Nursing Graduate Portrayed in Feature Film

Photo of a reel of film unfurling
Film reel

Michelle Pepera’s life story unfolds in Until Forever

The following is an article from The Farmington Independent by Nathan Hansen…

The story of her life. Sort of

When Michelle Pepera went to the movies last Friday, it was a little bit like looking back in time. The story on screen in the new film Until Forever was pulled from her life, but it was a long-ago life, and she was a very different person then.

“It’s surreal, but in a good way,” said Pepera, who has been a nurse at North Trail Elementary School for the past four years and worked in the district for 10. “Our love story was great. He was such a great person.”

Michele Pepera
Michelle Pepera | Photo courtesy of The Farmington Independent

That love story is between Pepera—then Michelle Larson—and Michael Boyum. They met at her brother’s birthday party when she was 13 and he was 15. He asked her out, but they were kids. They did more hanging out than dating.

They stayed together through high school, though, and they fell in love. Michael was goofy and loving. He would take her on dates in a van decorated to look like a pig, something he had access to as part of his job with Lloyd’s Barbecue.
“When he gave his attention, it was like you were the only person ever,” Pepera said.

Pepera went away to Winona for college, but she didn’t stay away long. She struggled to keep her grades up in college, and wound up coming home to study nursing at Inver Hills Community College. Looking back, she believes her struggles were God’s way of telling her to go home.

That kind of faith is at the core of Until Forever, which the movie’s website says will “clearly communicate the hope we have in Jesus Christ.”

That faith was tested, too. Boyum was diagnosed with a rare form of leukemia in 1998, when he was a junior in college.
Pepera became one of his primary caregivers. She would attend classes during the day, work one of her two jobs and then go to his house. It was a full schedule, and Pepera isn’t sure now how she balanced it all, but she knew the man she loved needed her so there was never any question she would make it work.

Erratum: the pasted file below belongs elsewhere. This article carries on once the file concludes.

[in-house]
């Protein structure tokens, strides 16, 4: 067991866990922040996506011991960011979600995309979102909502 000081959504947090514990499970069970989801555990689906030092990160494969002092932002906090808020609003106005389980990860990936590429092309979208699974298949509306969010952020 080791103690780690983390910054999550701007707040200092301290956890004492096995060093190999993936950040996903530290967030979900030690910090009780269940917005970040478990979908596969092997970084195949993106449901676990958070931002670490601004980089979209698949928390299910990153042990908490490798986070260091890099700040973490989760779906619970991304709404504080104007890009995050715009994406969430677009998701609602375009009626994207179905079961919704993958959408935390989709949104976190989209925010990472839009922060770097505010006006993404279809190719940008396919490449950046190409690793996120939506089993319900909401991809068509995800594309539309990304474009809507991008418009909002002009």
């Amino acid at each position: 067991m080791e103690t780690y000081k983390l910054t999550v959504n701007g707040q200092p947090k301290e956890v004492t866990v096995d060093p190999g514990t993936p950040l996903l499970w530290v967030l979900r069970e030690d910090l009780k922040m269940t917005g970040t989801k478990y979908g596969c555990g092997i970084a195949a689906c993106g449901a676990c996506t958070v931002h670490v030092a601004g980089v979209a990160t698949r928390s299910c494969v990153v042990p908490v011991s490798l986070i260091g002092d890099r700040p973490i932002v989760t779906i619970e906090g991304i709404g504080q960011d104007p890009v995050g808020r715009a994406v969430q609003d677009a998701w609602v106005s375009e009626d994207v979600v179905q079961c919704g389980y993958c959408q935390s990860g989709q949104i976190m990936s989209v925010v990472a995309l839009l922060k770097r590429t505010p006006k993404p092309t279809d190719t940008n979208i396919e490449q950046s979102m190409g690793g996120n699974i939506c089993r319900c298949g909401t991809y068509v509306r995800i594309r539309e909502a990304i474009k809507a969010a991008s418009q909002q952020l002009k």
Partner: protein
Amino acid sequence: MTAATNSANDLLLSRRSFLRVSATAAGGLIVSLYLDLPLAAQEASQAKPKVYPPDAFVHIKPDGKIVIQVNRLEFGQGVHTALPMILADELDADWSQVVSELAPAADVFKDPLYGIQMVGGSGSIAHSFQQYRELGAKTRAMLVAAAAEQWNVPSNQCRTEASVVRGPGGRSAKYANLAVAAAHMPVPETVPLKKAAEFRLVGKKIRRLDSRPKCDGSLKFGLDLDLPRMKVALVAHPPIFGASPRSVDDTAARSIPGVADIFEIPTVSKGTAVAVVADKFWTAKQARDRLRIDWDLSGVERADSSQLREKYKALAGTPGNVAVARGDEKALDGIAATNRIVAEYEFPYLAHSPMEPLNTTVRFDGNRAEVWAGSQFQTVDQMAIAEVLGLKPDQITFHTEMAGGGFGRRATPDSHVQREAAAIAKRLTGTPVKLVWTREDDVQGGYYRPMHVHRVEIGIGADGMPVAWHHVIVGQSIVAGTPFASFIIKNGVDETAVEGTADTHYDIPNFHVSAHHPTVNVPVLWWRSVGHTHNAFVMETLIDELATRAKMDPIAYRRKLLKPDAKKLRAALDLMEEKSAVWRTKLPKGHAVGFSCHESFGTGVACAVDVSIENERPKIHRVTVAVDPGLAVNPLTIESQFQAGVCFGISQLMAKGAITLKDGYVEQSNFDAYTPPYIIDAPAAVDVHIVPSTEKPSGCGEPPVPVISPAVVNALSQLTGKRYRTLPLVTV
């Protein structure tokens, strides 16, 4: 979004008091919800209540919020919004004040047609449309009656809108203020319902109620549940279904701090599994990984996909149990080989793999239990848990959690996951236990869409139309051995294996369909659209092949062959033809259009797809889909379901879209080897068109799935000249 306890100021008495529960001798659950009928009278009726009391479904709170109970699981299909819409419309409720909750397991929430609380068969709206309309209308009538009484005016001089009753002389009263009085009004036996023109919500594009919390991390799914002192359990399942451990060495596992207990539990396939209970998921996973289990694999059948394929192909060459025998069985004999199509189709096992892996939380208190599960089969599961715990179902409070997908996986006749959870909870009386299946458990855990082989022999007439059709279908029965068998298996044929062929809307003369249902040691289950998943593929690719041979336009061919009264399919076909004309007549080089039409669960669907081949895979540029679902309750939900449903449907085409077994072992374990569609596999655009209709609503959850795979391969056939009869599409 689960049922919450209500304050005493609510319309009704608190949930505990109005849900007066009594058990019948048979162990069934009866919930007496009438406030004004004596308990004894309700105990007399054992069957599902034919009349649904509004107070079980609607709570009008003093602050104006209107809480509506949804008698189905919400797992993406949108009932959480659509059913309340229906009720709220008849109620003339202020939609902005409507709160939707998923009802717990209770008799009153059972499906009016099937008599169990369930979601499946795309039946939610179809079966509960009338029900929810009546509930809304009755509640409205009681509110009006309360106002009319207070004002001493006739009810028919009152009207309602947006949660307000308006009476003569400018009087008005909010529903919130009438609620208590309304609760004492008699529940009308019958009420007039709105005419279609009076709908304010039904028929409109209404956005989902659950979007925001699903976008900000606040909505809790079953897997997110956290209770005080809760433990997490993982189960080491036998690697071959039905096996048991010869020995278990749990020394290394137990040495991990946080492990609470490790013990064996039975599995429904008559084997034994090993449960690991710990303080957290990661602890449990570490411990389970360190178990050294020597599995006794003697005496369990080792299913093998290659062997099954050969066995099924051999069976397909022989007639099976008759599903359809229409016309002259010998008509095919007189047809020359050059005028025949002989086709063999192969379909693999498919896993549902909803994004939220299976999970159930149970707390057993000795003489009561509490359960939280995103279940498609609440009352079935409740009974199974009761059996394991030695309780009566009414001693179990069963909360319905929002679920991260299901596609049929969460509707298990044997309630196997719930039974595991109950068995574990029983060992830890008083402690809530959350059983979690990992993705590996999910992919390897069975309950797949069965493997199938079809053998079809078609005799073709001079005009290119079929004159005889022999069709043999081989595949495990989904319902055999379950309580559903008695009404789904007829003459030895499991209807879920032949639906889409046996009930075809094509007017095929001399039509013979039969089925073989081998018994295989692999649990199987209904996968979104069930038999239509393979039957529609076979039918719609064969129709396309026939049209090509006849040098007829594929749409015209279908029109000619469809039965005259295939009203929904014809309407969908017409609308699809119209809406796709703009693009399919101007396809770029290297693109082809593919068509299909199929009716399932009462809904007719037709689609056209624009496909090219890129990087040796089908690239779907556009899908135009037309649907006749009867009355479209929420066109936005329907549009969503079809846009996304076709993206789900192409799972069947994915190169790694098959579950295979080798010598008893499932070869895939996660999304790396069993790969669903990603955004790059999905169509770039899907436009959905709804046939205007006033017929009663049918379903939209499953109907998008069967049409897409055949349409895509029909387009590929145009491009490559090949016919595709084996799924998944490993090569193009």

In 1999, even as Boyum continued to fight his leukemia, the couple decided to get married. They only had six weeks to put together a wedding, but they got plenty of help. Pepera’s wedding dress was donated. So was their cake. They had donated dresses for her bridesmaids and tuxedos for Boyum and his groomsmen.

Until Forever on IMDb
9.1 out of 10 stars

Pepera said she wanted to give Boyum something nice, a big party.

“We had been with each other,” she said. “We were the only ones. If this is something I can give him, why not?

“I didn’t think he was going to die. I had the hope we were going to get married and we were going to last forever.”

Boyum died Oct. 17, 1999, just six weeks after his wedding. They had his funeral in the same church where they were married.

There was interest in the couple’s story almost immediately after Boyum’s death. A production company from South Dakota approached Boyum’s family to talk about doing something.

Nothing happened then, but six years later the same company produced a documentary that was meant to be the foundation of a feature film.

Until Forever showtimes

That film opened Feb. 12 at theaters in Oakdale, Lakeville and White Bear Lake. It was scheduled to run for a week in those locations. The film was reportedly the third highest-grossing last weekend at the Oakdale theater, beating out 14 others. It has been extended for a second week there, and if the reaction is good elsewhere, those runs could also be extended and the movie could go into wider release.

Pepera was involved in the production of Until Forever and was on hand for some of the shooting. She didn’t see the entire finished product until last week, but even seeing clips was an unusual experience. She’s glad the movie was made, she said, but it’s more complicated than that.

Pepera is married now, and she has two children with her husband. Her son is 7; her daughter is 2. The kids know about this friend their mother had before, but they don’t know the extent of that relationship. Pepera said she won’t let them see the movie until they are older and she can talk to them about it.
Pepera expected it to be difficult watching the movie, but she sees value in its message of faith.

“(Michael’s) faith was such a huge thing in his life,” she said. “If I can have someone become a believer because of my discomfort, it’s worth it.”


To learn more about Nursing at Inver Hills, including the Minnesota Alliance for Nursing Education (MANE) Bachelor of Science in Nursing (B.S.N.) and the Associate of Science (A.S.) in Nursing, contact:

Sue Frosch
Director of Nursing
Office: Liberal Arts 230
Admissions Team
College Center

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